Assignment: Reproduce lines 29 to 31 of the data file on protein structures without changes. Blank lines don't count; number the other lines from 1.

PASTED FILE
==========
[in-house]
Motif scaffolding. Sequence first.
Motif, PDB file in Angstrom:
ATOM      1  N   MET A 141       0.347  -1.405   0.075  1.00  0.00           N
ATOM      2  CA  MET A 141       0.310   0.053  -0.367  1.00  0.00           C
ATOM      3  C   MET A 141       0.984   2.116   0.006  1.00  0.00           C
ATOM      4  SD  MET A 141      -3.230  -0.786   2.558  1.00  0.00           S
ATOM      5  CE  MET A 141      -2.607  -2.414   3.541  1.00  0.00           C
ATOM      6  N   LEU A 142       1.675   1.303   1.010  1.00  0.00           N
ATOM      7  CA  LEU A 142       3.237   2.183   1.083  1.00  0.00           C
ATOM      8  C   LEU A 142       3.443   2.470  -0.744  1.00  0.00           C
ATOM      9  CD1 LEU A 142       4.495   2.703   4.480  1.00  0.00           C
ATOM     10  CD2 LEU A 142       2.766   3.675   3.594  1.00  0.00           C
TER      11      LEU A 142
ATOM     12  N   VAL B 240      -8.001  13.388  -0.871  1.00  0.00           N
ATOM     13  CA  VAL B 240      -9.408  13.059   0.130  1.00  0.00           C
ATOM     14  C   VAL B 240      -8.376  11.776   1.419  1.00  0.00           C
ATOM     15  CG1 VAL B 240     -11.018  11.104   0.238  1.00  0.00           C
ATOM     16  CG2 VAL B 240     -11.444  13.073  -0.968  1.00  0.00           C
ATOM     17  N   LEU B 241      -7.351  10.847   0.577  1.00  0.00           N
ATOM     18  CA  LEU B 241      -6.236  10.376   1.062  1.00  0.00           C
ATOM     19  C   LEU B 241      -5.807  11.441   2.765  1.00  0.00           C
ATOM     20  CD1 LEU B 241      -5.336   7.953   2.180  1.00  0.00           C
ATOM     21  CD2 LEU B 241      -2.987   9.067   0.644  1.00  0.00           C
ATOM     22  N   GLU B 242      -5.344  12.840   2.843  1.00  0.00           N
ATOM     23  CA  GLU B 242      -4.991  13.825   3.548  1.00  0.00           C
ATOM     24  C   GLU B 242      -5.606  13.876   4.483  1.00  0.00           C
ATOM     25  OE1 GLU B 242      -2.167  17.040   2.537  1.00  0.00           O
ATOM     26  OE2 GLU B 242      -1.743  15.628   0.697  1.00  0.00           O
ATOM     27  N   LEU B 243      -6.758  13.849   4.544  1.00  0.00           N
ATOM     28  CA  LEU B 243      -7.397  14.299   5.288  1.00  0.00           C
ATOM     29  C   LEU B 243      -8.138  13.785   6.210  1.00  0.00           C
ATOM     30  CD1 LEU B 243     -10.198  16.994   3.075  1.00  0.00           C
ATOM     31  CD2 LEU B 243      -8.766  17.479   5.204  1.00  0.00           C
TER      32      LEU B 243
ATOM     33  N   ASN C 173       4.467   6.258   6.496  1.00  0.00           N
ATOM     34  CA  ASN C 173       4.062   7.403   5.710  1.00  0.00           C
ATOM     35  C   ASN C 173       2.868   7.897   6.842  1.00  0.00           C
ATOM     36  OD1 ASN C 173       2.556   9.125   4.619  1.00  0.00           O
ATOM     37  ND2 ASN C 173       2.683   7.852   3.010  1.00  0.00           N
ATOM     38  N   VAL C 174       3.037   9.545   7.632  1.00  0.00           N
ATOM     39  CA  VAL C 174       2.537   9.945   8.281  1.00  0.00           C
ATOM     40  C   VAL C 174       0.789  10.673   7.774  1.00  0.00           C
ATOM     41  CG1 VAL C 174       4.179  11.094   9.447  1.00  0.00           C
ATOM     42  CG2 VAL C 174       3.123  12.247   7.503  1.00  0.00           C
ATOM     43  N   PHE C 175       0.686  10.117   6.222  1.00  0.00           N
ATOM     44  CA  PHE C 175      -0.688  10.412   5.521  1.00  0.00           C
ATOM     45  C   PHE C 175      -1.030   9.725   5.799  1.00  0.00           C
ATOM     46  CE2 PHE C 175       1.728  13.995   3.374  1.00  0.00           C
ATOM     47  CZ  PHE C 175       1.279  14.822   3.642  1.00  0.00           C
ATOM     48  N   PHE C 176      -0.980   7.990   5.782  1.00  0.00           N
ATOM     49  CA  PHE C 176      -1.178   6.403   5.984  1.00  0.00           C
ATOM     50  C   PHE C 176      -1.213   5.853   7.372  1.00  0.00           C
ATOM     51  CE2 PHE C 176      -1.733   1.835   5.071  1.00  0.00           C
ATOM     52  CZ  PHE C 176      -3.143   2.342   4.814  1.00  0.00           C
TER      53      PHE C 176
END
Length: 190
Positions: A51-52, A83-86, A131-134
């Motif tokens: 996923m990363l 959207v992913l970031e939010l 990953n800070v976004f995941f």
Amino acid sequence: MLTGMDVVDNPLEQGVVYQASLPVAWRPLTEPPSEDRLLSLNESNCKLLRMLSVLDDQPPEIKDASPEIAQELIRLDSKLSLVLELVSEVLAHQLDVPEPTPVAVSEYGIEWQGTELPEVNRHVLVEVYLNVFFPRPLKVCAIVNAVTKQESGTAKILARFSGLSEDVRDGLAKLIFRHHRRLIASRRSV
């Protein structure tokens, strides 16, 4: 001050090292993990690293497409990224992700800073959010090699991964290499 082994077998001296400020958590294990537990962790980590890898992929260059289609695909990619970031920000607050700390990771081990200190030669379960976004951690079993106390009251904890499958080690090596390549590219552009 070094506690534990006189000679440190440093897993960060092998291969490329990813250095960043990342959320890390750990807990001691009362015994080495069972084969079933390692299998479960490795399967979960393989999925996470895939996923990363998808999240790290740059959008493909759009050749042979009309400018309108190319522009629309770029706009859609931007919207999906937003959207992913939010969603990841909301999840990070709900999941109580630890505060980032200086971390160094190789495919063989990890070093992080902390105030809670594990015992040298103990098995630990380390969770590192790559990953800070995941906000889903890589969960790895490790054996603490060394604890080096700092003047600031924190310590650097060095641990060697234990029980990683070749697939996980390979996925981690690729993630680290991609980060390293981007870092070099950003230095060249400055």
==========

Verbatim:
ATOM     26  OE2 GLU B 242      -1.743  15.628   0.697  1.00  0.00           O
ATOM     27  N   LEU B 243      -6.758  13.849   4.544  1.00  0.00           N
ATOM     28  CA  LEU B 243      -7.397  14.299   5.288  1.00  0.00           C